Alumni Strike: Katherine Fernandez


Alumna Katherine Fernandez, who graduated from the Bay in 2014, went to Honduras this past summer to aid people through a foundation called Humanity and Hope. While there, she said she built homes, taught children at schools, worked on farms and took part in different activities, depending on the village.

“I’m originally from Honduras and I go back to Honduras at least once a year to help out with the communities through other foundations,” Katherine Fernandez said. “When I was helping out in Humanity and Hope, I really enjoyed going back to my home country and helping my people. I know if I were in their position, I would appreciate someone helping me when my situation is as bad as theirs.”

After hearing about Humanity and Hope from her friend, Katherine Fernandez said she was eager to assist. Humanity and Hope assists by funding schools for children and adults to teach them how to work. Recently, the foundation partnered with a coffee factory and came to the aid of the adults in the villages get better jobs to support their families.

“When I first helped the foundation, I was surprised by how many people in Honduras needed our help; but at the same time, I was glad to be a part of something like this that would help change the world,” Katherine Fernandez said. “After this experience, I want to do something bigger than helping one country. I think from now on I want to continue in this foundation and help multiple villages across the world.”

Katherine Fernandez said this experience was amazing, as it opened her eyes to a whole new world.

“This was such a rewarding and an eye-opening experience,” Katherine Fernandez said. “I’ve always been trying to help the community but being in these villages for a week and first- hand experiencing how millions of people live really makes me want to keep doing it as much as I can.”

Through her participation in color guard at the Bay, Katherine Fernandez said she developed many traits that benefited her during her time in Honduras.

“Being in color guard really helped me learn more about my community which helped me during this experience since I had to get out there and help strangers,” Katherine Fernandez said. “We always helped each other and people in other schools out and were there for each other in the good times and the bad.”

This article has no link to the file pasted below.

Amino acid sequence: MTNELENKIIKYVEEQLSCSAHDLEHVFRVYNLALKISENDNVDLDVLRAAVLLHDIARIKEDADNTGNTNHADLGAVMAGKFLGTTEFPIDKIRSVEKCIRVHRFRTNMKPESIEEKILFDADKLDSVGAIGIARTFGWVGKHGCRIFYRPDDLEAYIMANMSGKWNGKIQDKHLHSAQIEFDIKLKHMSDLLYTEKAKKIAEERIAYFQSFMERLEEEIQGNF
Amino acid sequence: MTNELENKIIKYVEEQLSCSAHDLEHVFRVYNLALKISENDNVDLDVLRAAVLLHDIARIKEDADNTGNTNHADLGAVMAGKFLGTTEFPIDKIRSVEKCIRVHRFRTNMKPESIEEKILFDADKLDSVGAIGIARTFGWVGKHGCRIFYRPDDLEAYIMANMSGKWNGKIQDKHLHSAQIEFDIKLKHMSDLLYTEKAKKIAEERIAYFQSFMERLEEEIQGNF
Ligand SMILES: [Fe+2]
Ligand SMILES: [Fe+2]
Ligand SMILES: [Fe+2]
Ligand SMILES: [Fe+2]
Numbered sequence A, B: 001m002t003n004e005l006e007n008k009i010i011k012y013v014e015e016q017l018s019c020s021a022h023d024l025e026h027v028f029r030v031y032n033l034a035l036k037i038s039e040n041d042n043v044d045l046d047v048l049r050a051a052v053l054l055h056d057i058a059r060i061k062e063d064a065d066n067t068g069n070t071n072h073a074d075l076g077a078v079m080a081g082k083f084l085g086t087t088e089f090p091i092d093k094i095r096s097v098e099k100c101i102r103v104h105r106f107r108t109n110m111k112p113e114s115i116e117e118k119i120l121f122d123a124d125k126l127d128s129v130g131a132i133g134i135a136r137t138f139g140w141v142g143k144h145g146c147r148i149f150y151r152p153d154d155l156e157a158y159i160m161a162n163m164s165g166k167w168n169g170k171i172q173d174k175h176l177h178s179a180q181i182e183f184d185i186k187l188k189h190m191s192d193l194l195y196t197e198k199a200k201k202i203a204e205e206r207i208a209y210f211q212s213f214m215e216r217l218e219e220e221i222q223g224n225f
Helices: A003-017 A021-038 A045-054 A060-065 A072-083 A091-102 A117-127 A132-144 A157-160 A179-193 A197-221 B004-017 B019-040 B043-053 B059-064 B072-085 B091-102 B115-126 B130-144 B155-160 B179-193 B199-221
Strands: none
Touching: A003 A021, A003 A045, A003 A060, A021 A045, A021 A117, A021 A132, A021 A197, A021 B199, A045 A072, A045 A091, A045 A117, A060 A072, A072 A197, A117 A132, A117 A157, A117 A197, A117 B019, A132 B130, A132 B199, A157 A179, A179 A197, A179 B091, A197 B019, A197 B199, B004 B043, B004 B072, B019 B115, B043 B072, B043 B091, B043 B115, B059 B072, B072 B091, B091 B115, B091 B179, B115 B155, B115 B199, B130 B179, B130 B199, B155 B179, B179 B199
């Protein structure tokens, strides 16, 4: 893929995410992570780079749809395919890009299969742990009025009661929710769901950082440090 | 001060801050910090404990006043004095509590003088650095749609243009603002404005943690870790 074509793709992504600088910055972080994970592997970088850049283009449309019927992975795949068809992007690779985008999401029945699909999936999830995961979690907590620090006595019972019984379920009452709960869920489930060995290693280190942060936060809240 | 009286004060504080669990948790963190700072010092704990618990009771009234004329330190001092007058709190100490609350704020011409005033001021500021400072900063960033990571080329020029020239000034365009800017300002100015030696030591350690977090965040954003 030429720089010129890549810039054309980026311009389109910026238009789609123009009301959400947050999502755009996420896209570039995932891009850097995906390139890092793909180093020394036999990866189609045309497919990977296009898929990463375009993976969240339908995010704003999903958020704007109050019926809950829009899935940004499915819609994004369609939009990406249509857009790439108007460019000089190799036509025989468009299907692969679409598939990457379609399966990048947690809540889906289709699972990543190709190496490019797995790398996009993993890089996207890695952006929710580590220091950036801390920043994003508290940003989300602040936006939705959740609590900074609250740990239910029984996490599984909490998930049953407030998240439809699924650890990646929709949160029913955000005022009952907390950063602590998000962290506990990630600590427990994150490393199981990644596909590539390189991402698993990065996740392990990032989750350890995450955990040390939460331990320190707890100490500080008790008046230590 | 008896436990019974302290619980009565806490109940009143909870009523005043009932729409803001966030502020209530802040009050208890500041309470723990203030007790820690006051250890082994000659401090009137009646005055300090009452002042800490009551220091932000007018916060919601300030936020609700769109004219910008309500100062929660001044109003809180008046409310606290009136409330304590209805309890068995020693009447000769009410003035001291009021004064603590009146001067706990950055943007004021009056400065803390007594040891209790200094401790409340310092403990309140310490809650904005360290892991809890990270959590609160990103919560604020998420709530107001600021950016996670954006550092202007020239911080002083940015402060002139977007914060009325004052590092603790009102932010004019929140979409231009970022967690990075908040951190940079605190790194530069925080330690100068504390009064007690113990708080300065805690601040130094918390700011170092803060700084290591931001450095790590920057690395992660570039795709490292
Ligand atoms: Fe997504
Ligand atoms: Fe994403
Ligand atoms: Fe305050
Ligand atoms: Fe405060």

Katherine Fernandez said being in color guard forced her to come out of her shell and become more comfortable with talking to others. She said this supported her form better bonds with the villagers while in Honduras.

“At first, I really didn’t want to be in color guard because I felt like I didn’t belong since I wasn’t talking to anyone,” Katherine Fernandez said. “[However], once I got to know my peers, the club really helped me become more comfortable talking to people.”

Katherine Fernandez wasn’t the only one who thought going to Honduras was a good idea. Fernandez’s parents, Hector and Kathe Fernandez, said what their daughter was doing was amazing.

“I think that Katherine doing something like this is amazing. My husband and I stayed in Honduras as well, we helped with other foundations while Katherine worked with Humanity and Hope,” Kathe Fernandez said.

In addition to Color Guard, Katherine Fernandez took Spanish classes and participated in National Honors Society (NHS) while at the Bay. She said out of all her classes, those were the ones that really assisted during her time spent in Honduras.

“For NHS, we did a ton of community service and I loved it which also lead me to want to keep pursuing community service after high school,” Katherine Fernandez said. “As for the Spanish classes, it helped to develop my skills in my native language and it’s always fun to help improve it especially since it’s a language I want to use in the future.”

While working with Humanity and Hope, Katherine Fernandez said she heard stories of how she changed the villagers’ lives. She said she is impressed by the progress Humanity and Hope has made and she hopes to continue positively impacting lives.

“I definitely feel a sense of fulfillment after realizing how much of an impact even small actions can have on these families,” Fernandez said. “Hearing the story of how one family can now go into town with no worries really made my heart smile because I know that I helped them achieve that.”


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